Home|Journals|Articles by Year Follow on Twitter| Subscribe to List

Directory for Medical Articles

Open Access

Original Article

. 2012; 3(4): 296-304

Apoptosis of endothelial progenitor cells in a metabolic syndrome experimental model

Carina Lembo, Francisco Lopez-Aguilera, Emiliano R.Diez, Nicolás Renna, Marcela Vazquez-Prieto, Roberto M. Miatello.

Aim: This study tests the hypothesis postulating that metabolic syndrome induced by chronic administration of fructose to spontaneously hypertensive rats (FFHR) generates impairment in vascular repair by endothelial progenitor cells (EPC). Materials and Methods: To characterize the vascular adverse environment present in this experimental model we measured: NAD(P)H oxidase activity, eNOS activity, presence of apoptosis in the arterial wall, all these parameters were most affected in the FFHR group. Also, we found decreased level and proliferative capacity of EPC measured by flow cytometry and colonies forming units assay in cultured cells, respectively, in both groups treated with fructose; FFHR (SHR fructose fed rats) and FFR (WKY fructose fed rats) compared with their controls; SHR and WKY. Results: The fructose-fed groups FFR and SHR also showed an incremented number of apoptotic (annexinV+/7AADdim) EPC measured by flow cytometry that returns to almost normal values after eliminating fructose administration. Conclusion: Our findings suggest that increased apoptosis levels of EPC generated in this experimental model could bein part the underlying cause for the impaired vascular repair by in EPC.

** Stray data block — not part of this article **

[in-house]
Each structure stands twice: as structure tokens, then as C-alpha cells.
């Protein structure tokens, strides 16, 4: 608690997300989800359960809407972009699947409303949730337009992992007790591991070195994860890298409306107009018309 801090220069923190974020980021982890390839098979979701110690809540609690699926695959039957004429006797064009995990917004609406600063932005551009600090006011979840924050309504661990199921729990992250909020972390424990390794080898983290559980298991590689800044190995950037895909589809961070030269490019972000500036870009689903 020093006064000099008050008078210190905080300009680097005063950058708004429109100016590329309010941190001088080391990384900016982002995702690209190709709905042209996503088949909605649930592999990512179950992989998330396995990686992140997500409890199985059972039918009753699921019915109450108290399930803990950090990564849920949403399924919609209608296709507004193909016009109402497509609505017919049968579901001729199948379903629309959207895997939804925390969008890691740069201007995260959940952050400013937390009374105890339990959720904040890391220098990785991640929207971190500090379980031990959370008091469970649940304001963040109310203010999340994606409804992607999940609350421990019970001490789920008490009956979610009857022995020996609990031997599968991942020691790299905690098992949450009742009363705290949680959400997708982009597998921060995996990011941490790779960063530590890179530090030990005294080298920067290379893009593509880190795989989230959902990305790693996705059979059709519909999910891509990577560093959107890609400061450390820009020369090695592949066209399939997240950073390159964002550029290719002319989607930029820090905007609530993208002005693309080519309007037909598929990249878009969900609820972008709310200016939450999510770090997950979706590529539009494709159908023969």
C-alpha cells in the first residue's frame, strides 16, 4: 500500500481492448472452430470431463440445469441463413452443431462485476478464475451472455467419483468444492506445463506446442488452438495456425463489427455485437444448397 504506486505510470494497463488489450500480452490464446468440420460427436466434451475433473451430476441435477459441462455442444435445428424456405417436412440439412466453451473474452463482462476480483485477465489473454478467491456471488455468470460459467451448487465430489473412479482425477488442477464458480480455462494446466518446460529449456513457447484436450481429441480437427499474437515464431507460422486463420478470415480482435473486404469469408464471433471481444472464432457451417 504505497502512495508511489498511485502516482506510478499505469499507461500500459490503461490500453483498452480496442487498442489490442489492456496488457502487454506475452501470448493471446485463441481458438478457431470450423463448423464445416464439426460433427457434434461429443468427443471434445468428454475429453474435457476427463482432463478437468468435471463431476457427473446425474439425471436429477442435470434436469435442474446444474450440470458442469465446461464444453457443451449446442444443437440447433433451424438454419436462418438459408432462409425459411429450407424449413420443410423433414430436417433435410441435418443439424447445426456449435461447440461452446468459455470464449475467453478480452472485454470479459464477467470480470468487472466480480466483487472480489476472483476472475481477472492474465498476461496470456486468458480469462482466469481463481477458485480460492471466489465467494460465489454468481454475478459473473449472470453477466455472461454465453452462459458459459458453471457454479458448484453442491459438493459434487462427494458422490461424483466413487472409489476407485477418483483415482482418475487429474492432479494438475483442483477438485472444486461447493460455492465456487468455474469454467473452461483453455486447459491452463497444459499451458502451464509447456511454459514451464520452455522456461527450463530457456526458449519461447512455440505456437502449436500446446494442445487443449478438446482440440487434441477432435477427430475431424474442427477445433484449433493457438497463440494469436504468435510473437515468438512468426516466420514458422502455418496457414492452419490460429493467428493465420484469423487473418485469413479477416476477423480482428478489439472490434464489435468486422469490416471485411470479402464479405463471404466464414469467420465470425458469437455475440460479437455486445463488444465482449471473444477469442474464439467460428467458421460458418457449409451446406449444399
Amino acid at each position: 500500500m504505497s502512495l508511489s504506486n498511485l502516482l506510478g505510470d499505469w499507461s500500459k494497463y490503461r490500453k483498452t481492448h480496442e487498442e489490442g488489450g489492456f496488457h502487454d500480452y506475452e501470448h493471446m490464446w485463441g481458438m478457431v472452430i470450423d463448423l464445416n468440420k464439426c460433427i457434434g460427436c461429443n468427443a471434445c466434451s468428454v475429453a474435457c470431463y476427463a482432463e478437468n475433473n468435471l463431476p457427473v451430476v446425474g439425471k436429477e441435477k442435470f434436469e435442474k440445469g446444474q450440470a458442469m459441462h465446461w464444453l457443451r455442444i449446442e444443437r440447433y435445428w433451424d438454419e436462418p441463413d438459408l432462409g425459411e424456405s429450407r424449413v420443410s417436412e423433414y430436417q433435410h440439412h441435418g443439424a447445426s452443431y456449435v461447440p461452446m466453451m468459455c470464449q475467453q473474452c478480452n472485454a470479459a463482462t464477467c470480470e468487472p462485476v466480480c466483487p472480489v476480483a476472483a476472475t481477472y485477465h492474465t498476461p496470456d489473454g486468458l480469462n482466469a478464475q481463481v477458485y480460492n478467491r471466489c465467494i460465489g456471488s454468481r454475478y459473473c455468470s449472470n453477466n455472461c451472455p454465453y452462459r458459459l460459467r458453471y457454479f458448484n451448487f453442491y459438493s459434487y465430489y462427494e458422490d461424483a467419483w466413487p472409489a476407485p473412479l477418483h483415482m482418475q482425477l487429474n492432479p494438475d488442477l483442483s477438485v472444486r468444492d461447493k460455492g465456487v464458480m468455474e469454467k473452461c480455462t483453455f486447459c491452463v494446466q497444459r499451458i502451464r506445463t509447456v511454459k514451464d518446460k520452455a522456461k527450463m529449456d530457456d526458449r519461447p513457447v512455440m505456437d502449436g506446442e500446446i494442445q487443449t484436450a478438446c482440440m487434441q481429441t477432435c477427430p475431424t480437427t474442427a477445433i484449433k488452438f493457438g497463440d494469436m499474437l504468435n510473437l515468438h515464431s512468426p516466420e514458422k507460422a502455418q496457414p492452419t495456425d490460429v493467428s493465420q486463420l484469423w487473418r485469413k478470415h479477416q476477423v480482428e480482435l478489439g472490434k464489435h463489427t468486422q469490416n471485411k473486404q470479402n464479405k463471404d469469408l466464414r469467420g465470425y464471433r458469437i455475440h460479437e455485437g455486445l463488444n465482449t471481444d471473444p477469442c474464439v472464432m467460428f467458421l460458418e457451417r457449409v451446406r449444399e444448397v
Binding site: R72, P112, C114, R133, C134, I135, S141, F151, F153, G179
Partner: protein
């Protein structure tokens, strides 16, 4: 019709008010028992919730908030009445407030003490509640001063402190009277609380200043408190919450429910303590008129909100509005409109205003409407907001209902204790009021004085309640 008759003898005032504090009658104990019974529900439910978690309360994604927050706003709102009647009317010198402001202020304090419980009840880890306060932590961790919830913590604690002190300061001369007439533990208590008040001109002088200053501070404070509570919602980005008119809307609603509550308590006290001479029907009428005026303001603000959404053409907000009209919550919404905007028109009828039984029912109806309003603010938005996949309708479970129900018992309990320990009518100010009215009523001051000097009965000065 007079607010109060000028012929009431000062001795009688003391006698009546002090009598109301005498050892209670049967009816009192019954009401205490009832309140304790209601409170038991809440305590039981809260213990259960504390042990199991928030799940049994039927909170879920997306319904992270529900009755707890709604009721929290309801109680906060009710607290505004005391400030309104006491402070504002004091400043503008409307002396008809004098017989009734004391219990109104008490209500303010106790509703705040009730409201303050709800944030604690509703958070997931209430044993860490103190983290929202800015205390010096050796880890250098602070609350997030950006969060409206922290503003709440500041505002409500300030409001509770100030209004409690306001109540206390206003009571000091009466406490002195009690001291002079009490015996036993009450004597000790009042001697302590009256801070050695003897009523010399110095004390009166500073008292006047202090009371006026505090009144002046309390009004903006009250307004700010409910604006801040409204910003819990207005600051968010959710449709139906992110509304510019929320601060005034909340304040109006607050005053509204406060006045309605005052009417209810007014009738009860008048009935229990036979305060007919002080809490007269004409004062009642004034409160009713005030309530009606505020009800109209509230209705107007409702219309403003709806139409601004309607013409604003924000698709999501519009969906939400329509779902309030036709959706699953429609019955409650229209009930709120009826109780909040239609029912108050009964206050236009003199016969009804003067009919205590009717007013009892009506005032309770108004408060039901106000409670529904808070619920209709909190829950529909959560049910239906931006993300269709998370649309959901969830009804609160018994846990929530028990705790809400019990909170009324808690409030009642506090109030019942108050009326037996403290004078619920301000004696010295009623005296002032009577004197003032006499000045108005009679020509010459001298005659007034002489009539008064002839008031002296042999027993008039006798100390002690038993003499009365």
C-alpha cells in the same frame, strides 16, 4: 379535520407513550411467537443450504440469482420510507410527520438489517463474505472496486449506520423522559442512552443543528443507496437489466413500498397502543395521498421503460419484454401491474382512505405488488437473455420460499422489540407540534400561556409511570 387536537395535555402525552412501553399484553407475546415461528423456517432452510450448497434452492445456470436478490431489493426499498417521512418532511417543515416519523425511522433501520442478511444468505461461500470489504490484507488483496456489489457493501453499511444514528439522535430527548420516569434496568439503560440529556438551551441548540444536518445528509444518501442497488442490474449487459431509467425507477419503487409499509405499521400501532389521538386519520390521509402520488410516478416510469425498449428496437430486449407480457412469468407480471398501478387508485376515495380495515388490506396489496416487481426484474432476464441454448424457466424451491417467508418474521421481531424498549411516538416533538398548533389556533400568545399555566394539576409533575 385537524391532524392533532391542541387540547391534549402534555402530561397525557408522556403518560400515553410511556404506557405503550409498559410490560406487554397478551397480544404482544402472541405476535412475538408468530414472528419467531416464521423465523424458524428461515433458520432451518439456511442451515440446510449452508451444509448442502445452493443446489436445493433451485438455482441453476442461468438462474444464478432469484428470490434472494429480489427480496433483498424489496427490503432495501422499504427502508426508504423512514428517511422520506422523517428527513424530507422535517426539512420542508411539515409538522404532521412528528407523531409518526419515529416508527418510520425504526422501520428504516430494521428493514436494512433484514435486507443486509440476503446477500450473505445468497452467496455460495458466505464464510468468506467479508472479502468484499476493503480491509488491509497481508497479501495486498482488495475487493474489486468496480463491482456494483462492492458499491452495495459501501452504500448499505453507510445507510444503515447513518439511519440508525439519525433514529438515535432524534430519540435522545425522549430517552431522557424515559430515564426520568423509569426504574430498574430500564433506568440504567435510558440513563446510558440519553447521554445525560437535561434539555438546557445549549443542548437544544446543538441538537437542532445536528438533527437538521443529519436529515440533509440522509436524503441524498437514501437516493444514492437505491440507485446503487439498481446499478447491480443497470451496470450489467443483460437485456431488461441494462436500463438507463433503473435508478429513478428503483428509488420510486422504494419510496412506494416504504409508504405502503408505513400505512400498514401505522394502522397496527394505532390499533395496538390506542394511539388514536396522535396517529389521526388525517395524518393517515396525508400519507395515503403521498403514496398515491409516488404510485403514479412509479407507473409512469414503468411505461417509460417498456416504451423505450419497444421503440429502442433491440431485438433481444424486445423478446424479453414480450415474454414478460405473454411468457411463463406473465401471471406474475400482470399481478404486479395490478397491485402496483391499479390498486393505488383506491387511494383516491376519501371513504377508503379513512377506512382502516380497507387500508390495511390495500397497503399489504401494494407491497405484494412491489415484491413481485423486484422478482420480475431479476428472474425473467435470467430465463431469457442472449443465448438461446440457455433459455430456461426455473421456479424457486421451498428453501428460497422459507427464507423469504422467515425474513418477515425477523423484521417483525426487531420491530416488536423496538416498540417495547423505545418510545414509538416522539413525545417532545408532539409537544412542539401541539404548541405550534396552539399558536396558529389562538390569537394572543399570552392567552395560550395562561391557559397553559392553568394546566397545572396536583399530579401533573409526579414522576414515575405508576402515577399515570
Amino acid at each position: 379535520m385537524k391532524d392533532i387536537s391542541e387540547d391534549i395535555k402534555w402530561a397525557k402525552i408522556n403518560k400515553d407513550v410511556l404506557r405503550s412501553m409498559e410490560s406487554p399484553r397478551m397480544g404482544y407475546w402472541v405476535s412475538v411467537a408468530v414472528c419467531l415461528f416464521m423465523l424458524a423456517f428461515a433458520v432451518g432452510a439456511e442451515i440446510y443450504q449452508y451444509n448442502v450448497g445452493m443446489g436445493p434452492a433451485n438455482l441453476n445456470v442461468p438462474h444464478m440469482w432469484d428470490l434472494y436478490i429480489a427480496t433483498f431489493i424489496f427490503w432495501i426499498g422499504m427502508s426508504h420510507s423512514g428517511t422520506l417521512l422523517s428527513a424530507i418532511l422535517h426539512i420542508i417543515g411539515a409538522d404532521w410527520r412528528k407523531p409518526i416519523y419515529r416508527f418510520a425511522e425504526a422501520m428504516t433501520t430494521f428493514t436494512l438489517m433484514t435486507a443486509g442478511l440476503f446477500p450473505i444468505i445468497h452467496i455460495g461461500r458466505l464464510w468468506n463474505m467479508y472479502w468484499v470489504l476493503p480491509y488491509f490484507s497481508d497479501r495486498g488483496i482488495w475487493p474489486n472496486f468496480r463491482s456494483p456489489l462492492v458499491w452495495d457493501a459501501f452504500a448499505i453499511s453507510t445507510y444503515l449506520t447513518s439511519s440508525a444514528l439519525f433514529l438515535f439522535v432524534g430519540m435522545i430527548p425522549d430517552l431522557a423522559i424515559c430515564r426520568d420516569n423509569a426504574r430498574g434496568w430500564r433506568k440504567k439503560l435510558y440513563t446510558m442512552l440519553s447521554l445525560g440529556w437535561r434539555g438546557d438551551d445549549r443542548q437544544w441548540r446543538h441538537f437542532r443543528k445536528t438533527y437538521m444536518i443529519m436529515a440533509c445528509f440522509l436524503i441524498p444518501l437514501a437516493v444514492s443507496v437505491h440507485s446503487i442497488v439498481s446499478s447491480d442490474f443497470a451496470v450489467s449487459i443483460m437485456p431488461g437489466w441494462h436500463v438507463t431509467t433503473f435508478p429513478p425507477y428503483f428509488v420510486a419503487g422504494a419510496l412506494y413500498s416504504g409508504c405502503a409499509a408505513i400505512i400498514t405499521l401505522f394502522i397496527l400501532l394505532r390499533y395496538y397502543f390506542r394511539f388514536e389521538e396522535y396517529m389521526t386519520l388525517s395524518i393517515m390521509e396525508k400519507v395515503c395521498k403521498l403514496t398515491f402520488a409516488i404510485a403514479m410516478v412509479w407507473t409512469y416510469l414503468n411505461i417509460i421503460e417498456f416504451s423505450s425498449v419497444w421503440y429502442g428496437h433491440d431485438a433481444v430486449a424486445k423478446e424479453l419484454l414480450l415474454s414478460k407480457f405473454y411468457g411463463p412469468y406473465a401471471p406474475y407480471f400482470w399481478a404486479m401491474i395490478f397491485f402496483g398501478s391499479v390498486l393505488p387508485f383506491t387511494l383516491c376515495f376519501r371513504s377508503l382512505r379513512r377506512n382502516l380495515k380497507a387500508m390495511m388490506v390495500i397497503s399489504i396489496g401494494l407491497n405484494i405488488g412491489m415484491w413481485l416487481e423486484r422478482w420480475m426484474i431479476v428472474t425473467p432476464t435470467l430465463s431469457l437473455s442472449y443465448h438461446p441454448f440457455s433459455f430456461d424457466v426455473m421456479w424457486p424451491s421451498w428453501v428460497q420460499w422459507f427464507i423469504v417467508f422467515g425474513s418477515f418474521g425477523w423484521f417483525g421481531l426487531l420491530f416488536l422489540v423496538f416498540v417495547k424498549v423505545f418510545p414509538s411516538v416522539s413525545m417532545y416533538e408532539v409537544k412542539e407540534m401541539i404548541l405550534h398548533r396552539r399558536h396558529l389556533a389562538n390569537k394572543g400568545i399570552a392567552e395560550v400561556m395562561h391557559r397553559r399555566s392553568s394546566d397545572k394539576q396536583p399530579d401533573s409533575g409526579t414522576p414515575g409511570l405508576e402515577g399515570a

Key words: Apoptosis, endothelial progenitor cells, metabolic syndrome

Full-text options

Full-text Article

Journal of Molecular Pathophysiology


BiblioMed Home
Follow ScopeMed on Twitter
Author Tools
eJPort Journal Hosting
About BiblioMed
License Information
Terms & Conditions
Privacy Policy
Contact Us

The articles in Bibliomed are open access articles licensed under the terms of the Creative Commons Attribution-NonCommercial-ShareAlike 4.0 International License (https://creativecommons.org/licenses/by-nc-sa/4.0/) which permits unrestricted, non-commercial use, distribution and reproduction in any medium, provided the work is properly cited.
ScopeMed is a Database Service for Scientific Publications. Copyright © ScopeMed® Information Services.